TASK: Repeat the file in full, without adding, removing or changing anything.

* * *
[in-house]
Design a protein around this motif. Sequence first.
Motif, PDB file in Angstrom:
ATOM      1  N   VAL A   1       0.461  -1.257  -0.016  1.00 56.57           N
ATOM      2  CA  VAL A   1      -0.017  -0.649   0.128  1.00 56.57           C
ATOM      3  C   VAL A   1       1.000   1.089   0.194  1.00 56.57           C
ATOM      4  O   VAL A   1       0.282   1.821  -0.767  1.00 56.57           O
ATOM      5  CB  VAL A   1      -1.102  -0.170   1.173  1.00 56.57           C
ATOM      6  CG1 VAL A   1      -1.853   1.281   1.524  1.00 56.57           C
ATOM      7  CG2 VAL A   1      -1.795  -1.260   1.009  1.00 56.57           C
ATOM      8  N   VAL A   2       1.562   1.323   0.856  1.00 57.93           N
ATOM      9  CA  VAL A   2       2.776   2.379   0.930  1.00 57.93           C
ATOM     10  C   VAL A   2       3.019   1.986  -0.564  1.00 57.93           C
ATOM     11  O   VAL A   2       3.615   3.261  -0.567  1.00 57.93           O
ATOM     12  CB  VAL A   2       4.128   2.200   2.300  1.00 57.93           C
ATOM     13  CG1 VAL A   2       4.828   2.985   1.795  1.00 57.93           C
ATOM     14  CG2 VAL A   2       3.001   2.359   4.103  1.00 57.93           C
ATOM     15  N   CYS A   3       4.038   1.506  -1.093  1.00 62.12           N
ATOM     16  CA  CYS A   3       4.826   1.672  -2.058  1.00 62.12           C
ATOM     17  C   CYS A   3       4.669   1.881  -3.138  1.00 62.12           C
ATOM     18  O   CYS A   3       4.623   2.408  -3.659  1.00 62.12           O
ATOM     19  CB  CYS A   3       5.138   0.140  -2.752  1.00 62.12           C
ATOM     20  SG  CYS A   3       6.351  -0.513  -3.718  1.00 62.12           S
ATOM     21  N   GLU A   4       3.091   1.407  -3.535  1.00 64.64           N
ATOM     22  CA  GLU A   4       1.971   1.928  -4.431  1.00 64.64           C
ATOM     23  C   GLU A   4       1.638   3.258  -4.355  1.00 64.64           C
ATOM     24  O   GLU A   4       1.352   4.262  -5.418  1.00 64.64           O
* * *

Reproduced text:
[in-house]
Design a protein around this motif. Sequence first.
Motif, PDB file in Angstrom:
ATOM      1  N   VAL A   1       0.461  -1.257  -0.016  1.00 56.57           N
ATOM      2  CA  VAL A   1      -0.017  -0.649   0.128  1.00 56.57           C
ATOM      3  C   VAL A   1       1.000   1.089   0.194  1.00 56.57           C
ATOM      4  O   VAL A   1       0.282   1.821  -0.767  1.00 56.57           O
ATOM      5  CB  VAL A   1      -1.102  -0.170   1.173  1.00 56.57           C
ATOM      6  CG1 VAL A   1      -1.853   1.281   1.524  1.00 56.57           C
ATOM      7  CG2 VAL A   1      -1.795  -1.260   1.009  1.00 56.57           C
ATOM      8  N   VAL A   2       1.562   1.323   0.856  1.00 57.93           N
ATOM      9  CA  VAL A   2       2.776   2.379   0.930  1.00 57.93           C
ATOM     10  C   VAL A   2       3.019   1.986  -0.564  1.00 57.93           C
ATOM     11  O   VAL A   2       3.615   3.261  -0.567  1.00 57.93           O
ATOM     12  CB  VAL A   2       4.128   2.200   2.300  1.00 57.93           C
ATOM     13  CG1 VAL A   2       4.828   2.985   1.795  1.00 57.93           C
ATOM     14  CG2 VAL A   2       3.001   2.359   4.103  1.00 57.93           C
ATOM     15  N   CYS A   3       4.038   1.506  -1.093  1.00 62.12           N
ATOM     16  CA  CYS A   3       4.826   1.672  -2.058  1.00 62.12           C
ATOM     17  C   CYS A   3       4.669   1.881  -3.138  1.00 62.12           C
ATOM     18  O   CYS A   3       4.623   2.408  -3.659  1.00 62.12           O
ATOM     19  CB  CYS A   3       5.138   0.140  -2.752  1.00 62.12           C
ATOM     20  SG  CYS A   3       6.351  -0.513  -3.718  1.00 62.12           S
ATOM     21  N   GLU A   4       3.091   1.407  -3.535  1.00 64.64           N
ATOM     22  CA  GLU A   4       1.971   1.928  -4.431  1.00 64.64           C
ATOM     23  C   GLU A   4       1.638   3.258  -4.355  1.00 64.64           C
ATOM     24  O   GLU A   4       1.352   4.262  -5.418  1.00 64.64           O